Sponsored by: FedEx Institute of Technology, 2019-2020. (P.I)

  • Next Generation of Freight Planning and Operation Models To Incorporate Emerging Innovative Technologies

    This project leverages expertise from three universities (FAU, PSU, UoM) and attempts to accomplish the project objectives to (1) quantify adoption of connected and autonomous trucks by freight organizations, (2) incorporate truck platooning in transportation planning and operation models, (3) analyze the emissions impacts of last mile deliveries by delivery robots, (4) study how disruptive technologies are affecting intermodal transportation, and (5) outline future research necessary to address the opportunities and challenges created by disruptive technologies.

    Sponsored by: Freight Mobility Research Institute, US DOT Tier-1 Center, Joint project with PSU and FAU, PI, 2019-2020. (P.I)

  • Developing a Methodology to Predict the Adoption Rate of Connected Autonomous Trucks in Transportation Organizations Using Peer Effects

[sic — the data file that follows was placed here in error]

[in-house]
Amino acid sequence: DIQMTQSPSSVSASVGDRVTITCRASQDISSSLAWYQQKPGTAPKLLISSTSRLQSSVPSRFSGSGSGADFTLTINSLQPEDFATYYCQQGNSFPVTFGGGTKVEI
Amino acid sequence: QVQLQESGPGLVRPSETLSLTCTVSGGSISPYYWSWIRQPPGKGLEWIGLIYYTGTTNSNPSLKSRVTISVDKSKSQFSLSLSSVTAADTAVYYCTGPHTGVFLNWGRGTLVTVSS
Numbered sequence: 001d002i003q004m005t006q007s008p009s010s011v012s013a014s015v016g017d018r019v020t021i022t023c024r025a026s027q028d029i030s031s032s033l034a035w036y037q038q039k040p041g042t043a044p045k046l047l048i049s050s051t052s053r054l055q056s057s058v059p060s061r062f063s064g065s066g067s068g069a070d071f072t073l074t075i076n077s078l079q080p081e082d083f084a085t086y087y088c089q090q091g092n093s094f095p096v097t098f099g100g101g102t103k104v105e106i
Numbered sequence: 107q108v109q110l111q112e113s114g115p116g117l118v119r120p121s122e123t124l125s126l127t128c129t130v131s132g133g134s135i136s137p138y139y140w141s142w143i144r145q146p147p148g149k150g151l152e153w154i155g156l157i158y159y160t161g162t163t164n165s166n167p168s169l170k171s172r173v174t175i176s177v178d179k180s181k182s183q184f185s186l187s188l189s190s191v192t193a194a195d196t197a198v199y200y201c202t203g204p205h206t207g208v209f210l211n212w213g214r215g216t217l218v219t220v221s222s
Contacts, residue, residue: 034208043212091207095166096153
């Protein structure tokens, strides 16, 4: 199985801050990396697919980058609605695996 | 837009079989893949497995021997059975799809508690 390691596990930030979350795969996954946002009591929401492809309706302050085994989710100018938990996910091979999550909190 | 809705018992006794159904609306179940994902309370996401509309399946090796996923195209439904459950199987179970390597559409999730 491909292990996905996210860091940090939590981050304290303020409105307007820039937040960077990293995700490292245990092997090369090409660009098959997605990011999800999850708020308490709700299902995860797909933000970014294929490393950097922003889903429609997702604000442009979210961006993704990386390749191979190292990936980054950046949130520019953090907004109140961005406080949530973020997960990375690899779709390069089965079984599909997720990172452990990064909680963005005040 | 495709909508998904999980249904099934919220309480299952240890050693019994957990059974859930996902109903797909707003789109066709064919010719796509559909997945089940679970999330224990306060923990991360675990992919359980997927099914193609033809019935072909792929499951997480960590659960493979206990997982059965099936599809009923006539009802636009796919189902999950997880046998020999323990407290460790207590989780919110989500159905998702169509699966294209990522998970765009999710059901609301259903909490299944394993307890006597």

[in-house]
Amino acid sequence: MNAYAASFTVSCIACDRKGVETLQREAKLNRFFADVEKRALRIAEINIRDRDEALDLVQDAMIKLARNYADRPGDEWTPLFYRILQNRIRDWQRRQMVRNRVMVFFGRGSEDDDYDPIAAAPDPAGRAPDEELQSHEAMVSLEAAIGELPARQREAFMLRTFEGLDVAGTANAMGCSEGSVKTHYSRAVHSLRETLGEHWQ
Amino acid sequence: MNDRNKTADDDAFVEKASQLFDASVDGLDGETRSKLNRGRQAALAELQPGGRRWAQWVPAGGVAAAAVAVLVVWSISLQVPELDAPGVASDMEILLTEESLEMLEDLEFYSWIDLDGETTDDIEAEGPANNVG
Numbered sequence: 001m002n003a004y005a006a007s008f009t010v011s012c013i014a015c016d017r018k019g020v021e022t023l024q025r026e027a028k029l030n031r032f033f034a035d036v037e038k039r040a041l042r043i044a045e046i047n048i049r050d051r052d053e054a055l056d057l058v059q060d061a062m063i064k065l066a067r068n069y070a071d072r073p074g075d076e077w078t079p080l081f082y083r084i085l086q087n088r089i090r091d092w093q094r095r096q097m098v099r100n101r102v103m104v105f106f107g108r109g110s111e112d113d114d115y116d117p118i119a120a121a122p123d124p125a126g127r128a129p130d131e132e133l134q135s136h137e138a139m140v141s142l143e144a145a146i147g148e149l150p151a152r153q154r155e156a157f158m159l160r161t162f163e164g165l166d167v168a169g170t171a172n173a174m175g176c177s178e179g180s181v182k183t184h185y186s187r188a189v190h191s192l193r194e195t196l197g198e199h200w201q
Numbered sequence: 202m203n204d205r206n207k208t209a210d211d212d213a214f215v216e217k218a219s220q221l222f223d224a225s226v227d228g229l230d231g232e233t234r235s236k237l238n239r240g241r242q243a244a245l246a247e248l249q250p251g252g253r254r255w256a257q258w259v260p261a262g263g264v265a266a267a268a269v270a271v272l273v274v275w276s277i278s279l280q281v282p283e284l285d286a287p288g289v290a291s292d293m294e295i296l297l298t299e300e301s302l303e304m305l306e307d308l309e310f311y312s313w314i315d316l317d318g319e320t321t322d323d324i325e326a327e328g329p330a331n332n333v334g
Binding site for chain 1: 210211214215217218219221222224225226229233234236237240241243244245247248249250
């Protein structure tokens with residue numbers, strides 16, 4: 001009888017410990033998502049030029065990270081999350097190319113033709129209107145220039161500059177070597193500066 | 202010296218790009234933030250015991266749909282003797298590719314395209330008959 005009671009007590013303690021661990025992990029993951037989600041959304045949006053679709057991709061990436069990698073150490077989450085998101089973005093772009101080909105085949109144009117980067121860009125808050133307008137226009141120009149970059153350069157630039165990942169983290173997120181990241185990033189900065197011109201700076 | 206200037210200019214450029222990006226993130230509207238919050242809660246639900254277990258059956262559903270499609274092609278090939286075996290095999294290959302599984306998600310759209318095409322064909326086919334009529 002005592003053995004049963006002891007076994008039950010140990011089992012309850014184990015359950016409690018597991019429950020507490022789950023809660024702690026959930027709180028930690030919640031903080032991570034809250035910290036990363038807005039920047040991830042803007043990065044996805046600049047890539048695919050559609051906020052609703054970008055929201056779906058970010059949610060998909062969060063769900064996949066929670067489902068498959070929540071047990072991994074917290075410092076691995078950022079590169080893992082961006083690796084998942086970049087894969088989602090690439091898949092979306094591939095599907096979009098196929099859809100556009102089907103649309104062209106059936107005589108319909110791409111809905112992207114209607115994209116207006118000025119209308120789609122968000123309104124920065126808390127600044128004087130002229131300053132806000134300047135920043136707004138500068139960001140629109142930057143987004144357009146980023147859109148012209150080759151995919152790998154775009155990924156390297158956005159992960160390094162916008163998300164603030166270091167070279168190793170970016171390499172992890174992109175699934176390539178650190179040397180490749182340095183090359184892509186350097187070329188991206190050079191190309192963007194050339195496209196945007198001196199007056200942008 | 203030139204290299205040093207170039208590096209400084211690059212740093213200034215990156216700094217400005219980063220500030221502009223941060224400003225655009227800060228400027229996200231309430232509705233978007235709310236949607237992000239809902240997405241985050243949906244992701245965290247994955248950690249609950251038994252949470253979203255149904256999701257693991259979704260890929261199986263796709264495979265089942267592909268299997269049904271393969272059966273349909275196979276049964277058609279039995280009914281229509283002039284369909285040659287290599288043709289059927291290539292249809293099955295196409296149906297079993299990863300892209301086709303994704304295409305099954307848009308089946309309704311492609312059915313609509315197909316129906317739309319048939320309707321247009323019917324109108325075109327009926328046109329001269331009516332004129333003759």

Our research presents a methodology for predicting the adoption rate of Connected Autonomous Trucks (CATs) in transportation organizations using peer effects. There are a number of different factors that must be considered when developing innovation adoption models for organizations, including relative advantage, perceived risk, organizational size, public opinion, compatibility with the organization’s needs, and competition. We describe each of the relevant variables and combine them into a discrete choice model for predicting the adoption rate of CATs by a hypothetical sample of transportation organizations. The model incorporates new peer effect modeling techniques to simulate the competition and informal communication network. Organizations are placed in a 4-dimensional space, and the peer effects on organizational adoption decisions are simulated using a graph theory model. Preliminary results suggest that organizations which are larger are less likely to change their decisions due to the decisions of other, competing organizations, whereas smaller organizations are more easily influenced by the decisions of larger organizations. The methodology developed from our research produces reasonable and useful results using a hypothetical dataset, and the methodology has been designed to be transferrable to any number of organizational innovations.